Elvis Presley, at age 21, broke television records with his first appearance on “The Ed Sullivan Show” on this day in history, Sept. 9, 1956.
Elvis — along with his famous “gyrations” — had been banned previously by Ed Sullivan from appearing on his show.
However, after several of his competitors saw massive ratings when Presley appeared on their shows, Sullivan reconsidered his ban, said the History Channel’s website.
Sullivan signed Presley to a three-appearance contract, paying the rock star $50,000. This was an “unprecedented” fee at the time, noted the History Channel.
Adjusted for inflation, that contract would be worth more than $500,000 in 2023, according to the website Inflationtool.com.
Presley’s appearance on “The Ed Sullivan Show” was watched by 60 million viewers, making it the most-watched television broadcast of the decade, said the History Channel.
The 60 million figure was equivalent to 82.6% of the total number of television viewers in the United States.
Presley performed three of his songs, “Don’t Be Cruel,” “Hound Dog” and “Love Me Tender,” as well as Little Richard’s “Ready Teddy.”
While “The Ed Sullivan Show” was based in New York City, Presley was in California shooting his first movie, “Love Me Tender.”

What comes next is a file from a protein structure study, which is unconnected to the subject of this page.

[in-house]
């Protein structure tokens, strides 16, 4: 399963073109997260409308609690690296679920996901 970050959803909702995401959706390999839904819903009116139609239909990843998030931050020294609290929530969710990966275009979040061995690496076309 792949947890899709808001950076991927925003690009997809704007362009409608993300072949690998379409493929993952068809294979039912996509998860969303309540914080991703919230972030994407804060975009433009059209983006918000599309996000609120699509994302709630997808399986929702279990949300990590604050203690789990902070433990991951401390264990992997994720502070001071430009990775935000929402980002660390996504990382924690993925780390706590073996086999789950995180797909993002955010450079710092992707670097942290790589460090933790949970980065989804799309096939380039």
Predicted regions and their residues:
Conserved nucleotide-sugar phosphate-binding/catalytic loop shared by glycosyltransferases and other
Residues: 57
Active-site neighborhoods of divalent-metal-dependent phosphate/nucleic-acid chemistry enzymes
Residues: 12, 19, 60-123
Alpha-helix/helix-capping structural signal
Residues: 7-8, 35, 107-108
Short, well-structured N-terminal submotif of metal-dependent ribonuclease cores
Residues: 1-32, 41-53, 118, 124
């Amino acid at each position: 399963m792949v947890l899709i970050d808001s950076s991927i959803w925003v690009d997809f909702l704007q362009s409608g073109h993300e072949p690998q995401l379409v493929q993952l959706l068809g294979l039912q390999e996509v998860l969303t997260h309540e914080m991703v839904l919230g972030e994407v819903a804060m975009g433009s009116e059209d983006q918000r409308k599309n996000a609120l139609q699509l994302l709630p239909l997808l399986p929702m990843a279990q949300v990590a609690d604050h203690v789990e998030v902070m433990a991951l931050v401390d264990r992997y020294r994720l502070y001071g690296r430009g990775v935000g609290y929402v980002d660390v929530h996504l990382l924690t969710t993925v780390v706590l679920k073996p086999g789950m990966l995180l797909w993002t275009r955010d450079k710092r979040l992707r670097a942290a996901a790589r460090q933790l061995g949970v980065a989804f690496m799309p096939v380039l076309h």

So he performed remotely from Los Angeles.
Presley told the screaming audience that appearing on “The Ed Sullivan Show” was “probably the greatest honor I have ever had in my life.”
He then debuted “Love Me Tender,” saying it was “completely different from anything we’ve ever done before.”
The single for “Love Me Tender” was the first in music history to sell over a million copies prior to its release, said Variety.
At the time, Presley was infamous for his hip-shaking moves while performing, earning him the nickname “Elvis the Pelvis.”
These moves were considered too “vulgar” for the 1950s audiences.
Despite these fears, Elvis’ performance was broadcast from head to toe, and not cut off at the waist, said the History Channel.
“When it was over, parents and critics, as usual, did a lot of futile grumbling at the vulgarity of this strange phenomenon that must somehow be reckoned with,” said a reviewer for Time magazine.
The phenomenon was eventually reckoned with, in a way: On Elvis’ third and final appearance on “The Ed Sullivan Show” on Jan. 6, 1957, he was shot only from the waist up, according to the website ElvisBiography.
This was due to “thousands of complaints” Sullivan received after Elvis’ first two appearances.
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